Yes. Military veterans do get special treatment in the criminal courts.
The California Legislature has enacted several sentencing schemes to give special or preferential treatment to veterans in criminal cases who are suffering from specified conditions. All misdemeanor charges can be diverted from sentencing and conviction completely under specific circumstances. For a description of how misdemeanor charges can be diverted, see my blog post: Are Veterans Eligible for Diversion?
Veterans who are not eligible for diversion, or who have been charged with a felony offense, may still be eligible for preferential treatment. According to Penal Code section 1170.9, if a veteran convicted of a criminal offense claims that he or she committed the offense as a result of sexual trauma, traumatic brain injury, post-traumatic stress disorder, substance abuse, or mental health problems stemming from service in the United States military, the court must make a determination of whether the person was a member of the United States military and suffering from one of the enumerated disorders. (Penal Code section 1170.9(a).)
If the court finds that the person meets the criteria in subdivision (a), then the court MUST consider this fact as a factor in favor of granting probation. (Penal Code section 1170.9(b)(1).)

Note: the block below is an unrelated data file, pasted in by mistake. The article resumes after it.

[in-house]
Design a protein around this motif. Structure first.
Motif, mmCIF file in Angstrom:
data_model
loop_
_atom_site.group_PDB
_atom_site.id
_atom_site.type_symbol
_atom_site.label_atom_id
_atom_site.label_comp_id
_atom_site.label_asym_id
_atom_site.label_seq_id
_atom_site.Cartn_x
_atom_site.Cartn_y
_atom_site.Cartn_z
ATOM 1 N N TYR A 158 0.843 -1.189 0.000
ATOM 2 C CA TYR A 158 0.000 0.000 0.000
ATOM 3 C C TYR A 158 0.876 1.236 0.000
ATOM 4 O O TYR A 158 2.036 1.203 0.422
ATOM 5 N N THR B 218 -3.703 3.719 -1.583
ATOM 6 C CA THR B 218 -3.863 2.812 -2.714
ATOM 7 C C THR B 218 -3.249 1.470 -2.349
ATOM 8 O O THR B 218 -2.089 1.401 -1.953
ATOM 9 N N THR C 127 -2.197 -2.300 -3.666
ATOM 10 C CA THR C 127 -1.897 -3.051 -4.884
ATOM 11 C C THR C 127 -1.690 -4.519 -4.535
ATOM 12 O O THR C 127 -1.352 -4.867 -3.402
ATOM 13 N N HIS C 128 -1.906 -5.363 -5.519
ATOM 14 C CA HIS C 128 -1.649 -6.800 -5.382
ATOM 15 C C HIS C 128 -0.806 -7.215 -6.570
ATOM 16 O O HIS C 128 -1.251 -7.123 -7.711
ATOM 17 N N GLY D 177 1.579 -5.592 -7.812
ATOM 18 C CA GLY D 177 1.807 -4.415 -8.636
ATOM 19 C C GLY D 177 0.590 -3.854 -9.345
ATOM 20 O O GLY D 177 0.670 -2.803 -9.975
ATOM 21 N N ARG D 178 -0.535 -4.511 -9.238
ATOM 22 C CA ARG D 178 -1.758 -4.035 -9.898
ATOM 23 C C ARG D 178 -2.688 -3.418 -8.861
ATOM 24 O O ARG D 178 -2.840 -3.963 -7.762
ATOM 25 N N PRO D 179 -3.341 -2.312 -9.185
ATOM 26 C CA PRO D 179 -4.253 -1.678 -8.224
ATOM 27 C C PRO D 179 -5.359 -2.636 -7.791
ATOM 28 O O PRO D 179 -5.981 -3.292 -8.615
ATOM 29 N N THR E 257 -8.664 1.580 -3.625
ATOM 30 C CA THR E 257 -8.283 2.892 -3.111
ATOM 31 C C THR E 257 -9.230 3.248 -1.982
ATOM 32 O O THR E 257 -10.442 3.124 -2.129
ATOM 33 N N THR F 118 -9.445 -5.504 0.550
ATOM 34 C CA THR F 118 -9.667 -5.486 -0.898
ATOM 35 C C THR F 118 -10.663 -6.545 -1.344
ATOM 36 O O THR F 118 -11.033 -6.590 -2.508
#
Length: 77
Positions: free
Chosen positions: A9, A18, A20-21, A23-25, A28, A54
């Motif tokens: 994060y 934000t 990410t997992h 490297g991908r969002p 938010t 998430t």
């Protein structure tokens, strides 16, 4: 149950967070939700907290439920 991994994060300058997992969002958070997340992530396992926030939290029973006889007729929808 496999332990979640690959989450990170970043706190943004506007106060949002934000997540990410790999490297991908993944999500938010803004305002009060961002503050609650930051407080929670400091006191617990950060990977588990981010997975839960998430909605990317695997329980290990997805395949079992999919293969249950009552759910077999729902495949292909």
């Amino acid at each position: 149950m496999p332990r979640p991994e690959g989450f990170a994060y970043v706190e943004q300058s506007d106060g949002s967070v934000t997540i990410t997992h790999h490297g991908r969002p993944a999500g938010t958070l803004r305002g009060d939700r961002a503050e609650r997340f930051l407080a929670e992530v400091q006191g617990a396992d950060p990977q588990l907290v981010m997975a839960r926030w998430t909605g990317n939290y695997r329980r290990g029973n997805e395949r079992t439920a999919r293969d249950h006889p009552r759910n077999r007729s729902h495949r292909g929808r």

If probation is granted, and the person successfully completes probation, the court may then reduce eligible felony charges to misdemeanors, and then dismiss the charges. (Penal Code section 1170.9(h)(3).)
If a veteran meets the requirements of Penal Code section 1170.9(a), but is not granted probation, the court is REQUIRED to consider the fact of meeting the requirements of Penal Code section 1170.9(a) as a factor in mitigation when imposing a prison term. (Penal Code section 1170.91.)
If you are looking for an experienced, reliable criminal defense attorney who understands all aspects of resolving a criminal case and will work to keep your criminal history clear, schedule an appointment on this web site or call to set up a time to meet and discuss your case.